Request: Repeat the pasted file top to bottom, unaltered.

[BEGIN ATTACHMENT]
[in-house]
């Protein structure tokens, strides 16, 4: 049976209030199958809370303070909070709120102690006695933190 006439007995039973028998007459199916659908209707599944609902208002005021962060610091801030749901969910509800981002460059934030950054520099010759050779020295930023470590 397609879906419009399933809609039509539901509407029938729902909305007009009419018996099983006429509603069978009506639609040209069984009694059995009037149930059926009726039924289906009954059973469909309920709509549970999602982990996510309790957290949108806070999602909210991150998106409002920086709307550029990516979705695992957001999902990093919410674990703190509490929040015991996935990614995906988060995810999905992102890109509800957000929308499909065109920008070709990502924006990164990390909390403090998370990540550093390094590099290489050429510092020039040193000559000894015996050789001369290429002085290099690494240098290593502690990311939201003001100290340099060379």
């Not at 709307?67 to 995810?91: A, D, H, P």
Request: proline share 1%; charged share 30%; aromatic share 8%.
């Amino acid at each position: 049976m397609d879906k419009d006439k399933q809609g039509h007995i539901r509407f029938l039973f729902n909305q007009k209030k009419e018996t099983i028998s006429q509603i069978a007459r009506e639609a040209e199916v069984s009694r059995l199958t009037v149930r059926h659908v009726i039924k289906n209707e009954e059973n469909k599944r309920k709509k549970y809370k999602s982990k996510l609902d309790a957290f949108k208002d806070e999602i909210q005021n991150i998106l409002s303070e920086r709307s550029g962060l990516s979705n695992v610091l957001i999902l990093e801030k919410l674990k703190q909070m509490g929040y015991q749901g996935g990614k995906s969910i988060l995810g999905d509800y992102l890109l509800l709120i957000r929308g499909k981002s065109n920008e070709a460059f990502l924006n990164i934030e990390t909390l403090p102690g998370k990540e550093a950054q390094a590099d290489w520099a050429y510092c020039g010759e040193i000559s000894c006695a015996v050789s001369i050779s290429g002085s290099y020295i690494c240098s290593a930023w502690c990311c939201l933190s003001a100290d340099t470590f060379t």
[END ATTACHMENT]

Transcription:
[in-house]
């Protein structure tokens, strides 16, 4: 049976209030199958809370303070909070709120102690006695933190 006439007995039973028998007459199916659908209707599944609902208002005021962060610091801030749901969910509800981002460059934030950054520099010759050779020295930023470590 397609879906419009399933809609039509539901509407029938729902909305007009009419018996099983006429509603069978009506639609040209069984009694059995009037149930059926009726039924289906009954059973469909309920709509549970999602982990996510309790957290949108806070999602909210991150998106409002920086709307550029990516979705695992957001999902990093919410674990703190509490929040015991996935990614995906988060995810999905992102890109509800957000929308499909065109920008070709990502924006990164990390909390403090998370990540550093390094590099290489050429510092020039040193000559000894015996050789001369290429002085290099690494240098290593502690990311939201003001100290340099060379």
């Not at 709307?67 to 995810?91: A, D, H, P």
Request: proline share 1%; charged share 30%; aromatic share 8%.
């Amino acid at each position: 049976m397609d879906k419009d006439k399933q809609g039509h007995i539901r509407f029938l039973f729902n909305q007009k209030k009419e018996t099983i028998s006429q509603i069978a007459r009506e639609a040209e199916v069984s009694r059995l199958t009037v149930r059926h659908v009726i039924k289906n209707e009954e059973n469909k599944r309920k709509k549970y809370k999602s982990k996510l609902d309790a957290f949108k208002d806070e999602i909210q005021n991150i998106l409002s303070e920086r709307s550029g962060l990516s979705n695992v610091l957001i999902l990093e801030k919410l674990k703190q909070m509490g929040y015991q749901g996935g990614k995906s969910i988060l995810g999905d509800y992102l890109l509800l709120i957000r929308g499909k981002s065109n920008e070709a460059f990502l924006n990164i934030e990390t909390l403090p102690g998370k990540e550093a950054q390094a590099d290489w520099a050429y510092c020039g010759e040193i000559s000894c006695a015996v050789s001369i050779s290429g002085s290099y020295i690494c240098s290593a930023w502690c990311c939201l933190s003001a100290d340099t470590f060379t």